Ry Cooder's Los Angeles Stories: Musician's New Book of Short Stories Memorializing Lost L.A.
The musician and songwriter Ry Cooder is lamenting lost Los Angeles.
Dani Canto Ry Cooder in concert, 2009
"Local human experience isn't a thing you can commodify, if you follow what I'm saying," he says. "If you lived in Chavez Ravine or East L.A., it's not worth anything -- even though that was your store or your movie theater. Because a freeway went through there, or a shopping mall's there now. And every time that happens, it takes away the cellular memory of a community. And what do you have, then?"
We spoke with Cooder by phone last week, mostly about his new book of short fiction, Los Angeles Stories, which he's signing tomorrow at Vroman's in Pasadena, but also about how L.A.'s peculiar ills have influenced his work.
Cooder is no stranger to rescuing and preserving endangered corners of our culture. A four-time Grammy-winner, he scored filmmaker Wim Wenders' Paris, Texas and The End of Violence before collaborating with Wenders on the hit 1998 documentary and album project, The Buena Vista Social Club, which shined a light on virtuosic Cuban musicians previously unknown outside their own country.
Cooder's recent explorations have been more local. He first looked at "lost L.A." on his acclaimed 2005 album, Chavez Ravine, which recreated voices and stories from the vibrant Mexican-American neighborhood that was demolished in the mid-1950s to make way for the unrealized Elysian Park Heights housing project. Today, we know Chavez Ravine as Dodger Stadium.
What hooked Cooder on writing was his album I, Flathead from 2008, which was released with a companion book that told the story of Kash Buk, the fictitious musician depicted in Flathead's songs. Cooder had so much fun with it, he decided to stick with prose for a while to see where it led him.
With Los Angeles Stories, Cooder says, "I wanted to look at the same time period [as Chavez Ravine and I, Flathead] -- the post-war era, the early '50s, when there were still lifestyles you could imagine that you can't imagine now."
As well as recreating the period from an Angeleno's perspective, Cooder wanted to counter contemporary stereotypes of the 1950s. "People look back and think that in the '50s, everyone wore suits and hats, that everyone was a conformist," he says. "But it was television that wrecked everything, because it showed everyone how to think and talk and be. If you watch it enough, you start to think, 'Well, my own thoughts can't mean as much, because look at this world that's being presented to me!'"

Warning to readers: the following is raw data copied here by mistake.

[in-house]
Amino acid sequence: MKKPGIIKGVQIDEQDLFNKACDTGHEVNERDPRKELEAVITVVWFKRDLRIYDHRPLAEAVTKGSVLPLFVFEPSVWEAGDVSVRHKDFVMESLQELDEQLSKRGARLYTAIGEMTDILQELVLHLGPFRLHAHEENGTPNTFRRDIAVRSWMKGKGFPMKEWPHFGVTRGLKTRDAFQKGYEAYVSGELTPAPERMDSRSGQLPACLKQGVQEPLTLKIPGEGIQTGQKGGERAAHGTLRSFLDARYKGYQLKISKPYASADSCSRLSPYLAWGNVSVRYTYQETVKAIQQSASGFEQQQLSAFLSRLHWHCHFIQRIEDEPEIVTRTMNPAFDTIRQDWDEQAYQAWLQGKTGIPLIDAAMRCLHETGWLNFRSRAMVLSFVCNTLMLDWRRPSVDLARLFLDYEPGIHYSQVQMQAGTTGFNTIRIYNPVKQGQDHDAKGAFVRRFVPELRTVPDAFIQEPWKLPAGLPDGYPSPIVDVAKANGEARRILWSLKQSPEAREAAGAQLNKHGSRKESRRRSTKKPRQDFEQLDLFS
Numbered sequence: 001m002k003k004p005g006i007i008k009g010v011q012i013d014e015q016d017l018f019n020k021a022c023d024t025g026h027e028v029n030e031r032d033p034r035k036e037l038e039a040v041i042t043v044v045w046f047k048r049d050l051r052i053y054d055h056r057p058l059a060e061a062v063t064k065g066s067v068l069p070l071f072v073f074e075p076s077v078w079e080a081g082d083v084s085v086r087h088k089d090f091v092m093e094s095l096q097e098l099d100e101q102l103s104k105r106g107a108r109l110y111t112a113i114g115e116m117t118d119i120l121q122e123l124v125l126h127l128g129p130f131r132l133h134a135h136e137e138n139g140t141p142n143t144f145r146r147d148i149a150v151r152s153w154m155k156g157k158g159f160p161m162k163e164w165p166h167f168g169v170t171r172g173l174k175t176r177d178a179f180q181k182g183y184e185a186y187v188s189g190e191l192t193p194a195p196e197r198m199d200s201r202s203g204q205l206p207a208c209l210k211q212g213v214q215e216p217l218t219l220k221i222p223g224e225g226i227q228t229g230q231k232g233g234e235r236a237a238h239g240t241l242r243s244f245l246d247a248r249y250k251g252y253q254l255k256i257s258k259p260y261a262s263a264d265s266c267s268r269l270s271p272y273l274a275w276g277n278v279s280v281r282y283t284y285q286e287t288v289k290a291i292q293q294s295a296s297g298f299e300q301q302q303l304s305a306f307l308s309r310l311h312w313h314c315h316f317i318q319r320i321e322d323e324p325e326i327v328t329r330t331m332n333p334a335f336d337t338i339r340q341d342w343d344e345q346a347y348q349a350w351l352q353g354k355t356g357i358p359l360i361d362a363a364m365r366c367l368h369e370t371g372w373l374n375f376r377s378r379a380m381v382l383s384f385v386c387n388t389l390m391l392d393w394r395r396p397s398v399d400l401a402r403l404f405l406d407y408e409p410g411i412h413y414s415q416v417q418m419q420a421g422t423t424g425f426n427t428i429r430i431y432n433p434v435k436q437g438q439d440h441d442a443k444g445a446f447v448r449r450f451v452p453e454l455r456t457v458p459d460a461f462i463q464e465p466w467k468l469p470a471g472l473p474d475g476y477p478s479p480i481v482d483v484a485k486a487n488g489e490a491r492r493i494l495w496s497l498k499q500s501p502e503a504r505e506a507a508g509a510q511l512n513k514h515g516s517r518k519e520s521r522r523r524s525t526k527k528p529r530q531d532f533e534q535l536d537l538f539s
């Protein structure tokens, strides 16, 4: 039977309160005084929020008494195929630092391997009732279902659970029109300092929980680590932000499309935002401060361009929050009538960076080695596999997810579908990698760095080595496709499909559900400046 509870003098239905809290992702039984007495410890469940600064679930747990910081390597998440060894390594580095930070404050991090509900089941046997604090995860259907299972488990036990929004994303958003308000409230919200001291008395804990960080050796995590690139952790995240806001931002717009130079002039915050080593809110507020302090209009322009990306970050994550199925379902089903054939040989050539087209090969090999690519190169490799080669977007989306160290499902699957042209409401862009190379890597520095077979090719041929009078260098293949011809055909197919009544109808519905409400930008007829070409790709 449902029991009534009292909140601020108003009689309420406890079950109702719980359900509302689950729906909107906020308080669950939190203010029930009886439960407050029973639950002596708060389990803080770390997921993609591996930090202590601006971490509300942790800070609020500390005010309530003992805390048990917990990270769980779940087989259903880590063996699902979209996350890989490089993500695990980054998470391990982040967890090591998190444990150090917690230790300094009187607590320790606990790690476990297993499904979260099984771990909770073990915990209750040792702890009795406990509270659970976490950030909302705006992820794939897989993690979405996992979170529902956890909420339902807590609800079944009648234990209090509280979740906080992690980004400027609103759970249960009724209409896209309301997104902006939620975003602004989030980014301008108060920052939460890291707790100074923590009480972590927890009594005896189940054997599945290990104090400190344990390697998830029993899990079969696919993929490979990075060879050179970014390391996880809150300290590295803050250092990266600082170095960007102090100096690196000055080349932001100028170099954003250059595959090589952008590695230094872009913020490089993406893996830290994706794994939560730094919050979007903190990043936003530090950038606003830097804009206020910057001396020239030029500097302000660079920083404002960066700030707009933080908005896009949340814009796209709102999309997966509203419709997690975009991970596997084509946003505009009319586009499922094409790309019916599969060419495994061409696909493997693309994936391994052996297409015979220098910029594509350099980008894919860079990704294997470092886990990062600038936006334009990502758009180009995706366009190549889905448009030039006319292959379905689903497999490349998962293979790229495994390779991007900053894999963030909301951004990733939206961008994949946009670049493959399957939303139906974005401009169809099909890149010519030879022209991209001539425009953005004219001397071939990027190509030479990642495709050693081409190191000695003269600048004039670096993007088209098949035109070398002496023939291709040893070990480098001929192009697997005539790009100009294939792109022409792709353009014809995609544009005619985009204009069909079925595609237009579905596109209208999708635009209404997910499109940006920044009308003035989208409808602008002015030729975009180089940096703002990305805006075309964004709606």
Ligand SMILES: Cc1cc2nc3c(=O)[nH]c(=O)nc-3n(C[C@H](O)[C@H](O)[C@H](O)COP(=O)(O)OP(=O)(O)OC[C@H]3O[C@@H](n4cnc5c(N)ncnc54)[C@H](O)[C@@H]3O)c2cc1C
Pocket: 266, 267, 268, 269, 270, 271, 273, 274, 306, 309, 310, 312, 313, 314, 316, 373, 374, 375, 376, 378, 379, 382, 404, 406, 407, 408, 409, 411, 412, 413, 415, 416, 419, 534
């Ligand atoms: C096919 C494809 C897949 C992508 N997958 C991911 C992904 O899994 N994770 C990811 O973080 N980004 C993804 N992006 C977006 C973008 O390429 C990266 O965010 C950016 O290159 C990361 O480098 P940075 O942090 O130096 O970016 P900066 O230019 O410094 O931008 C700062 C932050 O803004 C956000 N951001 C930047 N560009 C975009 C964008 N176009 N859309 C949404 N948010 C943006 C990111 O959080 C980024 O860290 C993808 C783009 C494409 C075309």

Cooder's Los Angeles Stories are noir-infused, glamour-free portraits of working class loners, drifters, bums, musicians (both real and fictional), and numerous other fringe types. Each speaks with his or her own individuated, idiom-riddled (but cliché-free) patois.
"I love speech," Cooder elaborates. "I love hearing people talk. Especially from that era. Not so much now. We're all starting to talk alike. Pretty soon, we're all going to talk like computers, with short sentences -- whatever fits on a cell phone screen."
After completing initial drafts, Cooder had planned to sell bound stories at his concerts, inspired by Bob Dylan's "tremendous" entrepreneurship and insistence that Cooder have merch available at shows. But in its earliest printed incarnation, the book was dead on arrival.
"I had it printed in China, which was a terrible mistake," he recalls. "Everything in China is done wrong, which we should all know by now. It's either broken or done wrong."
A friend later submitted the manuscript to City Lights, which put the book out in October.
Going back to the subject of lost neighborhoods, Cooder notes, "I don't know any place as susceptible to this as Los Angeles. You can go away for two weeks or five days. When you come back, it's 'Where did that corner go? Where did that tree go?'"
The Bunker Hill of yesteryear (see video below), where some of his stories are set, remains a particular source of sadness for Cooder, who rues its 1955 destruction to this day.
"Not one day goes by that I don't regret this and despise the people who did it: hate them, hate them, hate them," he grouses. "I've had people in the city government admit to me personally that it was a mistake. We could have revitalized it, fixed it up, and money could have been made. What do you have now? These hideous half-empty office buildings. Does anyone want that? No. That goddamned Westin hotel down there -- it's a monstrosity."
Ry Cooder will appear in conversation with Lynell George at Vroman's at 695 East Colorado Boulevard in Pasadena on Thursday, Jan. 12 at 7:00 pm.
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